William Joseph Brennan

(redirected from William J. Brennan, Jr.)
Also found in: Wikipedia.

Brennan, William Joseph, Jr.,

1906–97, associate justice of the U.S. Supreme Court (1956–90), b. Newark, N.J. After receiving his law degree from Harvard, he practiced law in Newark. He served as a New Jersey superior court judge (1949–50), appellate division judge (1950–52), and state supreme court justice (1952–56). In 1956 President EisenhowerEisenhower, Dwight David
, 1890–1969, American general and 34th President of the United States, b. Denison, Tex.; his nickname was "Ike." Early Career

When he was two years old, his family moved to Abilene, Kans., where he was reared.
..... Click the link for more information.
 appointed him to succeed Sherman Minton on the Supreme Court. Brennan became noted as a supporter of individual liberties and guarantees of justice to the poor and as an effective deal-maker and strategist in the Warren court. In the last two decades of his long service, he was a liberal stalwart among increasingly conservative colleagues; many of his 1,360 opinions were dissents.


See biography by S. Stern and S. Wermiel (2010).

The Columbia Electronic Encyclopedia™ Copyright © 2013, Columbia University Press. Licensed from Columbia University Press. All rights reserved. www.cc.columbia.edu/cu/cup/
References in periodicals archive ?
How should Justice William J. Brennan, Jr., be remembered in 2056, one hundred years after he joined the United States Supreme Court, or in 2090, one hundred years after he left it?
(62.) William J. Brennan, Jr., Bench Announcement 4 (June 15, 1982), in Brennan Papers, supra note 15, at Folder 7.
783, 816 (1983) (Brennan, J., dissenting); see also William J. Brennan, Jr., Construing the Constitution, 19 U.C.
The roster was mainly comprised of such liberal personalities as Henry Kissinger, Zbigniew Brzezinski, Averell Harriman, Norman Cousins, George Ball, Dean Rusk, and Supreme Court Justice William J. Brennan, Jr. Longtime readers of THE NEW AMERICAN and other John Birch Society literature will recognize that many of these men are or were also members of the Council on Foreign Relations (CFR) or related groups that have been attempting to merge the United States into a one world government since 1921.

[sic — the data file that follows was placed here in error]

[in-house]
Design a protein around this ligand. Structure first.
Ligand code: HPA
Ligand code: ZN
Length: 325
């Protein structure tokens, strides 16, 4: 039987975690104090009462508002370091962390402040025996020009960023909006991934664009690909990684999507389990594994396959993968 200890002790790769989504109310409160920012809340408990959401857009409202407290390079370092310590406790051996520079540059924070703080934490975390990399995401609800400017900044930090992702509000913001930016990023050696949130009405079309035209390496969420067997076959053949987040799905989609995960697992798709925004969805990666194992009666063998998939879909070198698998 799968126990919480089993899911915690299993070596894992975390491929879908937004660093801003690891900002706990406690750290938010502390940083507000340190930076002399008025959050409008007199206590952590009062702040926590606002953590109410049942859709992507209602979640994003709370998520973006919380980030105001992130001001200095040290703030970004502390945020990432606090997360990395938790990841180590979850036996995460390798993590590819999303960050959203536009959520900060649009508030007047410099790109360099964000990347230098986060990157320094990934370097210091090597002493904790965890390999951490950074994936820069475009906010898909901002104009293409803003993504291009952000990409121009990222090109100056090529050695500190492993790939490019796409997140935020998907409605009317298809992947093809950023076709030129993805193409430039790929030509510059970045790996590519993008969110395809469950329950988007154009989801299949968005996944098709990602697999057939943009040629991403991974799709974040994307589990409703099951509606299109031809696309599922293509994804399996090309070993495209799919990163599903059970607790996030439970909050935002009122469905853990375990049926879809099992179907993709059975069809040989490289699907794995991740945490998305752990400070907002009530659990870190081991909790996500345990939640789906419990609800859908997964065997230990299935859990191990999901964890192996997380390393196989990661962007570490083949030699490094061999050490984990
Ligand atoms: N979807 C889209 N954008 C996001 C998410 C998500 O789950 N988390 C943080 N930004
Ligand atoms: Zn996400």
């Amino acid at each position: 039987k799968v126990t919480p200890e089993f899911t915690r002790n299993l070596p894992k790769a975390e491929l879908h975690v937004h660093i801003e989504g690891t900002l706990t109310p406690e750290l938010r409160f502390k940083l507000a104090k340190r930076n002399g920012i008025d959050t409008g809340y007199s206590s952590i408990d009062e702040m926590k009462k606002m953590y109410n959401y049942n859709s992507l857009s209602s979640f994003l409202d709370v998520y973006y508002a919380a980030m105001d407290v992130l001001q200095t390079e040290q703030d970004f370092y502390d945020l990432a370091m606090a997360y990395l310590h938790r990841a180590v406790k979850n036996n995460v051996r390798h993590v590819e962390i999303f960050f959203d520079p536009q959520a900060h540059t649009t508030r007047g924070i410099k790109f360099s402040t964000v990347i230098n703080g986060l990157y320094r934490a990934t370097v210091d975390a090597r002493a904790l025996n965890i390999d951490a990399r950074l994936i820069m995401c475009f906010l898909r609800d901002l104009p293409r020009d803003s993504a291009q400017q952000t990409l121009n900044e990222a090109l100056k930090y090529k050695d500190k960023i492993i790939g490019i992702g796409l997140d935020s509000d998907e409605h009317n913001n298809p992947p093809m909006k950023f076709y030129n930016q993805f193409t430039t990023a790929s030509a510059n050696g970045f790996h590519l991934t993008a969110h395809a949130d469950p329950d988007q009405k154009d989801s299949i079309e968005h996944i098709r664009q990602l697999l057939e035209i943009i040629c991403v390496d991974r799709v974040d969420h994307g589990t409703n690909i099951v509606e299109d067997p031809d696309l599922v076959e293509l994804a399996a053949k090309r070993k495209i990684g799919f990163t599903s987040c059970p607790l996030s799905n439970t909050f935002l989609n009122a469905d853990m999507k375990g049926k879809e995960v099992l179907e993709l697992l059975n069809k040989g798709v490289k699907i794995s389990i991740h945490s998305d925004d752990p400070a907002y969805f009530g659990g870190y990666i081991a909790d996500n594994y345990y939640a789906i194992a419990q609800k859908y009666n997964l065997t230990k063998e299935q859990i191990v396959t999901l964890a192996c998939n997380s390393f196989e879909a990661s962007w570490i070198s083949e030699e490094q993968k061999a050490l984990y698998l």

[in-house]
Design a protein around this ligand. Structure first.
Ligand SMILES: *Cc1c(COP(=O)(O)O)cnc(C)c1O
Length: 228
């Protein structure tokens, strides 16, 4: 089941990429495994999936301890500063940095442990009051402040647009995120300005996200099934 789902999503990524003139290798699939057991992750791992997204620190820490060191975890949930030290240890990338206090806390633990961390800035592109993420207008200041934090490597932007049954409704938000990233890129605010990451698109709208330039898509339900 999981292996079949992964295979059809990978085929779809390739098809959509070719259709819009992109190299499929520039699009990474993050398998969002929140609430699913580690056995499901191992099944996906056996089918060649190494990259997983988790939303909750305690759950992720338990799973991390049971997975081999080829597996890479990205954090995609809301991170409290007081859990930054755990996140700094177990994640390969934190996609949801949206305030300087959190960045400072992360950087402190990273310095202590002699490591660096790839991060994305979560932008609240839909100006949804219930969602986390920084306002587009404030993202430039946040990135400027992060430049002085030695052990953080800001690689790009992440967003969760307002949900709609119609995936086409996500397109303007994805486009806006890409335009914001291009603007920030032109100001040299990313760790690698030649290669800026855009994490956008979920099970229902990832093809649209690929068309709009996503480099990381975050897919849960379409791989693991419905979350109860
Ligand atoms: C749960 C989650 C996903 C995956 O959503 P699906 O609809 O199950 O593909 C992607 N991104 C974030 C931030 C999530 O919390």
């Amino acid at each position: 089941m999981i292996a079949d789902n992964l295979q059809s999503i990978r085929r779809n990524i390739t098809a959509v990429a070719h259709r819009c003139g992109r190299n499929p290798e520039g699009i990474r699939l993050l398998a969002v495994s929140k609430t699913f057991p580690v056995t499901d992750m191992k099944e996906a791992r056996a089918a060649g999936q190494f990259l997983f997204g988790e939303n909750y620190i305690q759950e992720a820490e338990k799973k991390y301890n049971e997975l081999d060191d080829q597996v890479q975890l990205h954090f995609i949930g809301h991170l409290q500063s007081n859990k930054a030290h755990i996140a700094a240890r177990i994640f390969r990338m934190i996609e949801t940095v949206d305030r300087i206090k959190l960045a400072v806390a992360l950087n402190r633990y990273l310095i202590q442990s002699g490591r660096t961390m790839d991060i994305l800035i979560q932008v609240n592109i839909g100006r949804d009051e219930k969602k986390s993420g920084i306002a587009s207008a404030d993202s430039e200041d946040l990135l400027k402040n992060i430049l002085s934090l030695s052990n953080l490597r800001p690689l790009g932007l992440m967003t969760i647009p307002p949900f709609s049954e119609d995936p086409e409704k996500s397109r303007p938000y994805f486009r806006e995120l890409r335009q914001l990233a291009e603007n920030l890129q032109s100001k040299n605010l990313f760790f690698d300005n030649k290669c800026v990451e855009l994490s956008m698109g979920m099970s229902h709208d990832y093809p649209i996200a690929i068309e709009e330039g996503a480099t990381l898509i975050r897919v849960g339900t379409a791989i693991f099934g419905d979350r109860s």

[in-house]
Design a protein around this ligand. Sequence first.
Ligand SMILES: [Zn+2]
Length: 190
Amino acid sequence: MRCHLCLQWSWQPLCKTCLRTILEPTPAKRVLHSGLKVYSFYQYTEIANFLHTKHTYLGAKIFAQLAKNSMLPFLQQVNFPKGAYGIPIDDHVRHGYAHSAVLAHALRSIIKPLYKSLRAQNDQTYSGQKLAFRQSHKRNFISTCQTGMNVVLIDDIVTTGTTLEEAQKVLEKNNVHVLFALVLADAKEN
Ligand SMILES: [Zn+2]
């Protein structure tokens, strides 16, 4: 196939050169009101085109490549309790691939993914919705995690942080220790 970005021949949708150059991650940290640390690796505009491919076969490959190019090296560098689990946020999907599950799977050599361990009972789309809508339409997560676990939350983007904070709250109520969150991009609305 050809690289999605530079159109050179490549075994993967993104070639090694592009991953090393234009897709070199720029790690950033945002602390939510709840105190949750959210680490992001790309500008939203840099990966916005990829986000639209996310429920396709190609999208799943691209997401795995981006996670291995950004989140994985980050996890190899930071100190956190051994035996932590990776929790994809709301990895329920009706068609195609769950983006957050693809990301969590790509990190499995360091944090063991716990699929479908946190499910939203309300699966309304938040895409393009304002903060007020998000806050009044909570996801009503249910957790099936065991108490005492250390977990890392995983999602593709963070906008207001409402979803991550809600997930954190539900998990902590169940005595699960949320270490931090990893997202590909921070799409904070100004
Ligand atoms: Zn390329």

Upon his retirement in 1990, and even more so at his death seven years later, Justice William J. Brennan, Jr. was hailed as "a towering figure in modern law" (1) and "one of the greatest Justices of all time." (2) "Not since the retirement of Justice Holmes in the early 1930s," Owen Fiss remarked, "has the nation been more generous in its tributes to a ...
United States has been roundly criticized from the day of its decision, but Irreparable Harm uses the now-available case files of Justices Thurgood Marshall and William J. Brennan, Jr., to provide an historically eye-opening behind-the-scenes account.
In the minority opinion, Justice Thurgood Marshall, joined by Justices William J. Brennan, Jr., and Harry A.
"The Court has only a few big issues to decide," Justice William J. Brennan, Jr., said typically optimistically in early 1968.
Marshall's closest friend on the Court, the late William J. Brennan, Jr., told Williams that among the justices themselves, Marshall regularly employed edgy racial humor "no matter how uneasy it made any of us" Williams may not have fully appreciated the significance of Brennan, an amazingly charitable man, having told him that even "I got worried about whether he carried that too far." Brennan completely shared Marshall's view that racial discrimination continued to permeate American life, but in a remarkable statement he told Williams that "I will not accept his feeling that that may also have been true of our colleagues, that they are personally racist or that their votes reflect any racism."
In dissent, Justice John Paul Stevens, writing for Justices William J. Brennan, Jr., and Thurgood Marshall, argued that employees selected on a noncompetitive basis could appeal personnel actions beyond their agency prior to the 1978 legislation, which did not change their rights.
No such documents appear among the Supreme Court papers of the late Justice Thurgood Marshall, which have been publicly available since 1993 in the Manuscript Division of the Library of Congress, and no similar file exists in the papers of the late Justice William J. Brennan, Jr., at the Library of Congress, which also have been perused extensively by scholars.
The nomination of William J. Brennan, Jr. in 1956 to be an associate Justice of the U.S.